Martin Luther was the founding father of the Lutheran Reformation, hence the name attached to it. He began his religious life in 1505, started confessing his sins and this immediately grew into an obsession of confessing his sins. Luther felt this would allow him to serve as little time as possible in purgatory. Luther’s belief was God would look down on him with favor due to the little amount of sin that he contained within himself. This is what led Luther to further his study to become a professor of sacred scripture in the year 1513. Luther’s attack on the Church of the time came in his book The 95 Theses, greatly attacking the problem of indulgences. While Luther attacked the usage of indulgences, a man named Tetzel came into the town where Luther was a priest selling indulgences. Unfortunately, the selling of indulgences led to less and less people attending confession. This was due to the piece of paper that Tetzel sold them to signify their time off in purgatory. During his Leipzig debate, he came to the conclusion that not o...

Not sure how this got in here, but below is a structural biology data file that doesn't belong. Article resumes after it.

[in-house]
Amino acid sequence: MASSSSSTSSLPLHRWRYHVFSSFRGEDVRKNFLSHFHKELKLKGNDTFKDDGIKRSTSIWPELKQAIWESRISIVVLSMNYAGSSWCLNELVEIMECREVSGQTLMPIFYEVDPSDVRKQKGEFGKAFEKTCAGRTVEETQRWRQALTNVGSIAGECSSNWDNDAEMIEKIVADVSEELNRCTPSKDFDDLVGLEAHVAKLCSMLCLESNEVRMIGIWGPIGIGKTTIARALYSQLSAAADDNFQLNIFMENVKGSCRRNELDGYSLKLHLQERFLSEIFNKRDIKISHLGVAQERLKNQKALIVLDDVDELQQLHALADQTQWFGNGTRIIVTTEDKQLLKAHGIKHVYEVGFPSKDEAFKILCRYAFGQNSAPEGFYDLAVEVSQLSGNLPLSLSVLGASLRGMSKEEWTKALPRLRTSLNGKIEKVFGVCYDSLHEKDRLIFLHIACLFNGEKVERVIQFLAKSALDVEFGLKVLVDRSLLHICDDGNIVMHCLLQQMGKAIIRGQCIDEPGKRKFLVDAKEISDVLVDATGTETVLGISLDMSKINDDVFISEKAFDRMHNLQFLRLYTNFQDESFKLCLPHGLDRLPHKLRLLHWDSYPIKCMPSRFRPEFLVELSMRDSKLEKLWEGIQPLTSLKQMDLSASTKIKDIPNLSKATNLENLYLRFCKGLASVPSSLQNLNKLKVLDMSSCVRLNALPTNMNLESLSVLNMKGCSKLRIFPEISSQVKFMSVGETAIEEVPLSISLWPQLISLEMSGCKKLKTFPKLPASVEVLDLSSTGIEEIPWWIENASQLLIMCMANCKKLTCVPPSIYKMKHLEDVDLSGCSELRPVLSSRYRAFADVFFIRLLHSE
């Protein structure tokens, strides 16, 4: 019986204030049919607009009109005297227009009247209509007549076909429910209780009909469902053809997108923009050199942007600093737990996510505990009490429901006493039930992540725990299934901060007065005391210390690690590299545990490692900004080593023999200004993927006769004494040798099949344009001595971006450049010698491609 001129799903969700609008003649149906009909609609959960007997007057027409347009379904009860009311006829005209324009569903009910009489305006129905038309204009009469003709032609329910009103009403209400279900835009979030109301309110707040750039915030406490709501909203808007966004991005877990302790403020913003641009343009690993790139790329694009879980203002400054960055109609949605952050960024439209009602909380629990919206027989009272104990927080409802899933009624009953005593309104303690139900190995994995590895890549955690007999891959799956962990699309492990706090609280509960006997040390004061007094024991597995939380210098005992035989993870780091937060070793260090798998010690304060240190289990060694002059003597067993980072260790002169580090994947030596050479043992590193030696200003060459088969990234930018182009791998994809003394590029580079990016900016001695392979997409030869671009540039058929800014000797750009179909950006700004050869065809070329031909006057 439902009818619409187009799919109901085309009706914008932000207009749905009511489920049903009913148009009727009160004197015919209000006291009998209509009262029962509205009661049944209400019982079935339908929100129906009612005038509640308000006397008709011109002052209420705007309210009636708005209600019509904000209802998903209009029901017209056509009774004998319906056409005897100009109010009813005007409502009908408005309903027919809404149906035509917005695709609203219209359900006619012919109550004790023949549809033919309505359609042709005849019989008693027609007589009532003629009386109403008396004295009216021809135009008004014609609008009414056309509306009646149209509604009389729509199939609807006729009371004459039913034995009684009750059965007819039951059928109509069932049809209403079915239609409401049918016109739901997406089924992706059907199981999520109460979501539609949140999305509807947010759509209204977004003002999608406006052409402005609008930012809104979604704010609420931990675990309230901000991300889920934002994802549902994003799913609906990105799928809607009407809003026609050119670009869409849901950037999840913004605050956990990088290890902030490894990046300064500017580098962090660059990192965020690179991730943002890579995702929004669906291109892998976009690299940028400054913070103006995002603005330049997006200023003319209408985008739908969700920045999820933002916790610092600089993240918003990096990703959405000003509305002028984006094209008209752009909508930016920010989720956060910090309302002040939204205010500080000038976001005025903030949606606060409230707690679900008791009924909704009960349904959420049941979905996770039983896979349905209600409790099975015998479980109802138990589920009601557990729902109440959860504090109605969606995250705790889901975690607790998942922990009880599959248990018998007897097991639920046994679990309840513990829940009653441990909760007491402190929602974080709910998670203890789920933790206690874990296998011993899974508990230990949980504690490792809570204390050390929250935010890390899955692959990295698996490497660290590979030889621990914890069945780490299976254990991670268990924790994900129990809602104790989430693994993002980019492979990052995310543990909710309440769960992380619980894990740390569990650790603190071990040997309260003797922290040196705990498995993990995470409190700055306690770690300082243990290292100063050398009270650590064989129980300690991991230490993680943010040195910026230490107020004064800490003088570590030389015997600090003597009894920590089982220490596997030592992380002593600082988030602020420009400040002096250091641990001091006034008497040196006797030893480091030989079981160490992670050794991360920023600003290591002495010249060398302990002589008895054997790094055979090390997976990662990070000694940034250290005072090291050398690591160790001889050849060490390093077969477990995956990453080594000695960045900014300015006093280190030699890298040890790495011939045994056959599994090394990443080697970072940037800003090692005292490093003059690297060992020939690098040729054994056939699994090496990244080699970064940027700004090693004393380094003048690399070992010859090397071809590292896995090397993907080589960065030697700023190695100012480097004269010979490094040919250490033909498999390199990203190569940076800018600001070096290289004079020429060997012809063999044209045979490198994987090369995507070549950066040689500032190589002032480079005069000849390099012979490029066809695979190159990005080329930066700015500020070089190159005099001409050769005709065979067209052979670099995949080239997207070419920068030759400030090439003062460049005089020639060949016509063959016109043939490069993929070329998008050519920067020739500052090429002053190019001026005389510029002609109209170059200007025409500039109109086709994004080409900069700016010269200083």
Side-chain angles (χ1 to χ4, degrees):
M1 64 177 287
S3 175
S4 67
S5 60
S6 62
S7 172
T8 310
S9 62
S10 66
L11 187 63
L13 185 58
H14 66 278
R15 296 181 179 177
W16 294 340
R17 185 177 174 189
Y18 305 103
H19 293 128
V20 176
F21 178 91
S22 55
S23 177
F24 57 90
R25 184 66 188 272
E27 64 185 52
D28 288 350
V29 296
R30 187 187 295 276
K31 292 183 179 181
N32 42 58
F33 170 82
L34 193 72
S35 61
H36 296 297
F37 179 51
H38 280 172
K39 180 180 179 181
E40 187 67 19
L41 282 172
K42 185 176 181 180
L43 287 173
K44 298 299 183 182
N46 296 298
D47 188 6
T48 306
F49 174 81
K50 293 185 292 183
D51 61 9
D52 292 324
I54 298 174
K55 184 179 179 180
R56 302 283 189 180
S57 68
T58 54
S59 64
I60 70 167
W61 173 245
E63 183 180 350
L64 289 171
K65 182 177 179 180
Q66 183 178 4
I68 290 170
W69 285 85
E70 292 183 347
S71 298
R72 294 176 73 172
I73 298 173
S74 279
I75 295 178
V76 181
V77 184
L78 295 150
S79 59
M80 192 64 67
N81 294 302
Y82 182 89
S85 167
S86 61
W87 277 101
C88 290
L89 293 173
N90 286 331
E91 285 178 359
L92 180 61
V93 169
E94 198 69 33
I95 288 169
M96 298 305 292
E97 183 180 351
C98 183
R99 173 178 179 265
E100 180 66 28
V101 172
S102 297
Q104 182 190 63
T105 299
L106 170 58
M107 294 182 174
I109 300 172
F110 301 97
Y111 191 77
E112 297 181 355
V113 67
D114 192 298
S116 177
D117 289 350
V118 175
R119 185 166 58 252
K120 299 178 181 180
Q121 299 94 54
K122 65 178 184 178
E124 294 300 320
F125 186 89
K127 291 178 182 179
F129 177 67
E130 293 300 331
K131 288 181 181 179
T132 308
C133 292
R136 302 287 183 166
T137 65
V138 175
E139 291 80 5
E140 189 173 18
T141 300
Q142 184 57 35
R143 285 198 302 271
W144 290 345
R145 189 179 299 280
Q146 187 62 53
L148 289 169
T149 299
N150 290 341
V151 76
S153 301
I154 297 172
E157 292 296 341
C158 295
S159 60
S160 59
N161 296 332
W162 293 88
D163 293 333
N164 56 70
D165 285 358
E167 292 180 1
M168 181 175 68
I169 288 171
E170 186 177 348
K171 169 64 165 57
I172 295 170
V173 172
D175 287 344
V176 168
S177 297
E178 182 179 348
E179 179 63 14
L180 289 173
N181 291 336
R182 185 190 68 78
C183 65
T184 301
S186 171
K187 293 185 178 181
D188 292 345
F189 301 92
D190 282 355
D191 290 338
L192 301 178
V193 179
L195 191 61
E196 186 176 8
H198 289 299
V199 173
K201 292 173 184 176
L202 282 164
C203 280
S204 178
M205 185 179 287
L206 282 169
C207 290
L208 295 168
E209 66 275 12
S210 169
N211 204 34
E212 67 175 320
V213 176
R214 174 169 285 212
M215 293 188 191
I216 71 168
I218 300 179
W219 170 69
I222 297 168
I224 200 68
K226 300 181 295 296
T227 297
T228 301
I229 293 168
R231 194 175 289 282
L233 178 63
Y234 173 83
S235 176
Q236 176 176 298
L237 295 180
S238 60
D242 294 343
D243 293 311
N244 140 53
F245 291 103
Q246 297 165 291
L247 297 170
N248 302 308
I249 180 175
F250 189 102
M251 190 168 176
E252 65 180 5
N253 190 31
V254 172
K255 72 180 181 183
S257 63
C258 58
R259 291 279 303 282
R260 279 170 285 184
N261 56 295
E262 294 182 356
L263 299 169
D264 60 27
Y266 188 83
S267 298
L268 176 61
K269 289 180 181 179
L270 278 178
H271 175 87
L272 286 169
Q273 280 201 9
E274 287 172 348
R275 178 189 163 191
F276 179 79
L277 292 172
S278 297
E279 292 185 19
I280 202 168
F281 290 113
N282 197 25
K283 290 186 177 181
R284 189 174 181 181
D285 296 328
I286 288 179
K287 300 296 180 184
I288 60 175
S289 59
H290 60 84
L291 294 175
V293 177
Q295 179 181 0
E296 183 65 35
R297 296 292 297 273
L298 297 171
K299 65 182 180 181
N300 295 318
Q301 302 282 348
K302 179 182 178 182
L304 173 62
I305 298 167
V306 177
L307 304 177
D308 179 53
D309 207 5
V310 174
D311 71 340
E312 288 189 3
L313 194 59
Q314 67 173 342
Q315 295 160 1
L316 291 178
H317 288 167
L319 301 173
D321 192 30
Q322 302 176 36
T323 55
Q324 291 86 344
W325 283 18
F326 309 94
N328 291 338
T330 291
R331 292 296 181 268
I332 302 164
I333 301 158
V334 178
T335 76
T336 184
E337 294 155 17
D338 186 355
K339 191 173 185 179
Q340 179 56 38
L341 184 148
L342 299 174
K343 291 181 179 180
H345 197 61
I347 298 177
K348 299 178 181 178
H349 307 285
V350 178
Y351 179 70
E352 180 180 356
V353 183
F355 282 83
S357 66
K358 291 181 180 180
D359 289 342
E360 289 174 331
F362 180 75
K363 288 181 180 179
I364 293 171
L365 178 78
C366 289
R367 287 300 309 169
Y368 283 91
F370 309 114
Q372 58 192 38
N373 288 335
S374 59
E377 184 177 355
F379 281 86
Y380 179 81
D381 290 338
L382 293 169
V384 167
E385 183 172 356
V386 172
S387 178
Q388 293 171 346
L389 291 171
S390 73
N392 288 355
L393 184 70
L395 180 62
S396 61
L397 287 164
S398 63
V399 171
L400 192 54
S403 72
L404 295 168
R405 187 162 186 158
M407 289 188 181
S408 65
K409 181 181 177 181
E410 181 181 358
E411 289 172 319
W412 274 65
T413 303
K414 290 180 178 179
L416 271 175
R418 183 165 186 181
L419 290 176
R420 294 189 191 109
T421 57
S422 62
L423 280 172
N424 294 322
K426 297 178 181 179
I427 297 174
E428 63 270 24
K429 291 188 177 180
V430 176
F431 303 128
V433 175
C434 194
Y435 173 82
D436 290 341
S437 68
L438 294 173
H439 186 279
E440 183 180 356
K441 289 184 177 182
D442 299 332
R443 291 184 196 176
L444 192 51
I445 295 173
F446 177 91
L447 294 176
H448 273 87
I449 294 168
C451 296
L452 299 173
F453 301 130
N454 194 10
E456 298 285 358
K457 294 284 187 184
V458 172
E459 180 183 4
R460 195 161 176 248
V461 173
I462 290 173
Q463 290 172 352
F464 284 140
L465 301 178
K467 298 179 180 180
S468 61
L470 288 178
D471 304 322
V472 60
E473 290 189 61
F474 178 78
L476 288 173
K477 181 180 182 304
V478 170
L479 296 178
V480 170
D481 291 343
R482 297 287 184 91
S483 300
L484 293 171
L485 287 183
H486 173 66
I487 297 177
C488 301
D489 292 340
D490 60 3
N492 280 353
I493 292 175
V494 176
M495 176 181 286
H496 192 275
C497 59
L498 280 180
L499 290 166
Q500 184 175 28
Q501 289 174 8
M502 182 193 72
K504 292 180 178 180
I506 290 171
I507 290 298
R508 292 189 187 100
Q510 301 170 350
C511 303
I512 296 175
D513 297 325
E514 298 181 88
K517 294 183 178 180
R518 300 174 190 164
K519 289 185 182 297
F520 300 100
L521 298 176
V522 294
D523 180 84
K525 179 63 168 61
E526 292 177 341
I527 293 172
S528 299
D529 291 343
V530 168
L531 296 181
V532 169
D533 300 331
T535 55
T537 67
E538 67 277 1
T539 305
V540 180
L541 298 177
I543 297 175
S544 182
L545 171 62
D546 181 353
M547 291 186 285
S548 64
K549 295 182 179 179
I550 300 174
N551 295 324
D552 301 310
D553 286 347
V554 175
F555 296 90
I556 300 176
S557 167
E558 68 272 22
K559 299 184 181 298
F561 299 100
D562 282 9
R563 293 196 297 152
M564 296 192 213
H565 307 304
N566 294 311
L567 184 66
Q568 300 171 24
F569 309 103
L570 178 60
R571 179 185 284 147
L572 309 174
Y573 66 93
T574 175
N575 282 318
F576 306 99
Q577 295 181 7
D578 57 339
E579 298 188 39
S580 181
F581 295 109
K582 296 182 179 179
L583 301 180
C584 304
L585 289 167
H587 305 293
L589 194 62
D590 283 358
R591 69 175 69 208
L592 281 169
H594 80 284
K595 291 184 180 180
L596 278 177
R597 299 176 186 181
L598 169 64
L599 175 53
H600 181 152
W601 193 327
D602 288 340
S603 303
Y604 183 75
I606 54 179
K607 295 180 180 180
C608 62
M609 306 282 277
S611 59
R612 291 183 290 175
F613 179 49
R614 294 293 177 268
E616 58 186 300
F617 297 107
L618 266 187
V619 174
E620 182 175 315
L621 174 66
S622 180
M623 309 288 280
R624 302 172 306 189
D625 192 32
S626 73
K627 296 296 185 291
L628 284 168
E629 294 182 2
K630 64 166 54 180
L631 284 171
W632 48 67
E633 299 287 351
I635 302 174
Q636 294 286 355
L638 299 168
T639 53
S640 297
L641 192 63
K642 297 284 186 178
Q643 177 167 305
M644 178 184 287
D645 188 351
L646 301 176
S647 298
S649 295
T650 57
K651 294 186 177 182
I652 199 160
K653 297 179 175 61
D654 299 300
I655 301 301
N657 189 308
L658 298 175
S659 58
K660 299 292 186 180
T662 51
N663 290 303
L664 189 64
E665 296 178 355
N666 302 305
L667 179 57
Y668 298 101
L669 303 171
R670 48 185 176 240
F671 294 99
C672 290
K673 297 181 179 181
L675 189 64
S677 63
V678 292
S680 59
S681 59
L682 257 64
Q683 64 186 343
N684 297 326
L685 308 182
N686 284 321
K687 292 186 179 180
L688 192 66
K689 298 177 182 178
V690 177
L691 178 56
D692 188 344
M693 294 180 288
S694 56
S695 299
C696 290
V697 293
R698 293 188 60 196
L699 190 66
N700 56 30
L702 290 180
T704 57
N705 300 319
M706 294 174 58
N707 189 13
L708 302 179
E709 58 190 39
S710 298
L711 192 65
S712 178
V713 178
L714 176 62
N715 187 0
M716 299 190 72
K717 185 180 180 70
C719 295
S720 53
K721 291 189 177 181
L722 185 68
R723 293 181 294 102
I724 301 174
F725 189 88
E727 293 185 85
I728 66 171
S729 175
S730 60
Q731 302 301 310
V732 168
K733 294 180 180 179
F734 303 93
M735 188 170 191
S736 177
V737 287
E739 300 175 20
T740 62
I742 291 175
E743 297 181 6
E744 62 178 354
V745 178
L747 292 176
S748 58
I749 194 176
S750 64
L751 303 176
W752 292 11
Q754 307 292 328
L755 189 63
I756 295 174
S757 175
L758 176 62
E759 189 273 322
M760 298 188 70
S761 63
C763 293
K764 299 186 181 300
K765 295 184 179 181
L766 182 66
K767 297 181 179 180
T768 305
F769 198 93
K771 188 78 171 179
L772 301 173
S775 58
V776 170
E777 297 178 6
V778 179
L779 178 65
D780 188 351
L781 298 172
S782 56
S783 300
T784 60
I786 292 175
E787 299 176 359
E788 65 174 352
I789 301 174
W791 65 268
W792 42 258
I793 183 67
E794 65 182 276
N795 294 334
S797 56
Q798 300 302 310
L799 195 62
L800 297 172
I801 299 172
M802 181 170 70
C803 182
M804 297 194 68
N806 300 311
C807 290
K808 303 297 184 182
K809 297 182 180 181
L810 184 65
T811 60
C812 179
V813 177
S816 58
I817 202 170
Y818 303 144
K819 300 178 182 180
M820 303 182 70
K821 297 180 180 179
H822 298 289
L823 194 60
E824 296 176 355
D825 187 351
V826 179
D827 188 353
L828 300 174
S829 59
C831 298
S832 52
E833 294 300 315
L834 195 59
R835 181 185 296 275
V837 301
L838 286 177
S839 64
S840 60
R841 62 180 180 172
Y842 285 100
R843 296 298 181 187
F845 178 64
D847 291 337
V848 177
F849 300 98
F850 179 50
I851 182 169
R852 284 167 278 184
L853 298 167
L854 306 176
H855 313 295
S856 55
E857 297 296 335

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...sion led to the Catholic Church reevaluating how confession should be done. The discussion evolved around whether the priest should ask the confessor questions or to simply let them confess the sins they do remember thereby having the forgotten sins sitting on their souls and ultimately extending their time in purgatory. While Luther never officially acknowledged confession as a sacrament, he did acknowledge the necessity of it. The necessity of confession ultimately led the Catholic priests to reevaluate and reexamine the parameters as defined by the Church. This reevaluation and reexamination has given the world the confession that exists today. Priests can now question the confessor to ensure that every single sin can be remembered and confessed, so that no forgotten sins are weighing on the confessor’s soul as well as the priest’s soul receiving the confession.
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